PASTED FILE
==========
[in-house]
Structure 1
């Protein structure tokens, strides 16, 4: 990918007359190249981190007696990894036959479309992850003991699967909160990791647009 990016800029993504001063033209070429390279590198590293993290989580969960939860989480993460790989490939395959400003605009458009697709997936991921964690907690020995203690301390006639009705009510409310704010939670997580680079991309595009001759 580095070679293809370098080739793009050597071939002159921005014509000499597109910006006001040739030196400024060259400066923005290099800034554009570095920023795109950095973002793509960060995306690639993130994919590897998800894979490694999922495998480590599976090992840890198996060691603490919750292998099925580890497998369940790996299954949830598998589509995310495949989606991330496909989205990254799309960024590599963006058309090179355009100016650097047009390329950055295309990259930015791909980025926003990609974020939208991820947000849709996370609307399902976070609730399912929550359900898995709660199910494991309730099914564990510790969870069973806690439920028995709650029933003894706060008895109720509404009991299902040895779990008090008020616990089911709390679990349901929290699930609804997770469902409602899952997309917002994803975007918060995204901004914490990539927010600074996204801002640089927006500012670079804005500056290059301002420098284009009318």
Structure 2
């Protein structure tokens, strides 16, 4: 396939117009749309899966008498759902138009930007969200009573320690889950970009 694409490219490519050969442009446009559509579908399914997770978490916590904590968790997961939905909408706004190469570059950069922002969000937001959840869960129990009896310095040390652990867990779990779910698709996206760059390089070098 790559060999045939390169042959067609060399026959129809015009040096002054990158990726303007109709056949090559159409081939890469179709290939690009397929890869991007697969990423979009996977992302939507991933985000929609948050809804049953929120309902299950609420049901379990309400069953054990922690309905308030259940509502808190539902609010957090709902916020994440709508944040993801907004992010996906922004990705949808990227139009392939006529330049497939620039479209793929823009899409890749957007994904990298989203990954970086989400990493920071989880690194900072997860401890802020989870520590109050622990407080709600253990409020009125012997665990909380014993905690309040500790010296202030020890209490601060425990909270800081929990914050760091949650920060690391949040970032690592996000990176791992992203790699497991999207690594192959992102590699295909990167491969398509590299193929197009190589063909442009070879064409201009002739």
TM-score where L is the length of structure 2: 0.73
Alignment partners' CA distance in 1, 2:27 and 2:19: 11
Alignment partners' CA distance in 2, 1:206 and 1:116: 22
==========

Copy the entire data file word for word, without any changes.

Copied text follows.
[in-house]
Structure 1
């Protein structure tokens, strides 16, 4: 990918007359190249981190007696990894036959479309992850003991699967909160990791647009 990016800029993504001063033209070429390279590198590293993290989580969960939860989480993460790989490939395959400003605009458009697709997936991921964690907690020995203690301390006639009705009510409310704010939670997580680079991309595009001759 580095070679293809370098080739793009050597071939002159921005014509000499597109910006006001040739030196400024060259400066923005290099800034554009570095920023795109950095973002793509960060995306690639993130994919590897998800894979490694999922495998480590599976090992840890198996060691603490919750292998099925580890497998369940790996299954949830598998589509995310495949989606991330496909989205990254799309960024590599963006058309090179355009100016650097047009390329950055295309990259930015791909980025926003990609974020939208991820947000849709996370609307399902976070609730399912929550359900898995709660199910494991309730099914564990510790969870069973806690439920028995709650029933003894706060008895109720509404009991299902040895779990008090008020616990089911709390679990349901929290699930609804997770469902409602899952997309917002994803975007918060995204901004914490990539927010600074996204801002640089927006500012670079804005500056290059301002420098284009009318």
Structure 2
């Protein structure tokens, strides 16, 4: 396939117009749309899966008498759902138009930007969200009573320690889950970009 694409490219490519050969442009446009559509579908399914997770978490916590904590968790997961939905909408706004190469570059950069922002969000937001959840869960129990009896310095040390652990867990779990779910698709996206760059390089070098 790559060999045939390169042959067609060399026959129809015009040096002054990158990726303007109709056949090559159409081939890469179709290939690009397929890869991007697969990423979009996977992302939507991933985000929609948050809804049953929120309902299950609420049901379990309400069953054990922690309905308030259940509502808190539902609010957090709902916020994440709508944040993801907004992010996906922004990705949808990227139009392939006529330049497939620039479209793929823009899409890749957007994904990298989203990954970086989400990493920071989880690194900072997860401890802020989870520590109050622990407080709600253990409020009125012997665990909380014993905690309040500790010296202030020890209490601060425990909270800081929990914050760091949650920060690391949040970032690592996000990176791992992203790699497991999207690594192959992102590699295909990167491969398509590299193929197009190589063909442009070879064409201009002739």
TM-score where L is the length of structure 2: 0.73
Alignment partners' CA distance in 1, 2:27 and 2:19: 11
Alignment partners' CA distance in 2, 1:206 and 1:116: 22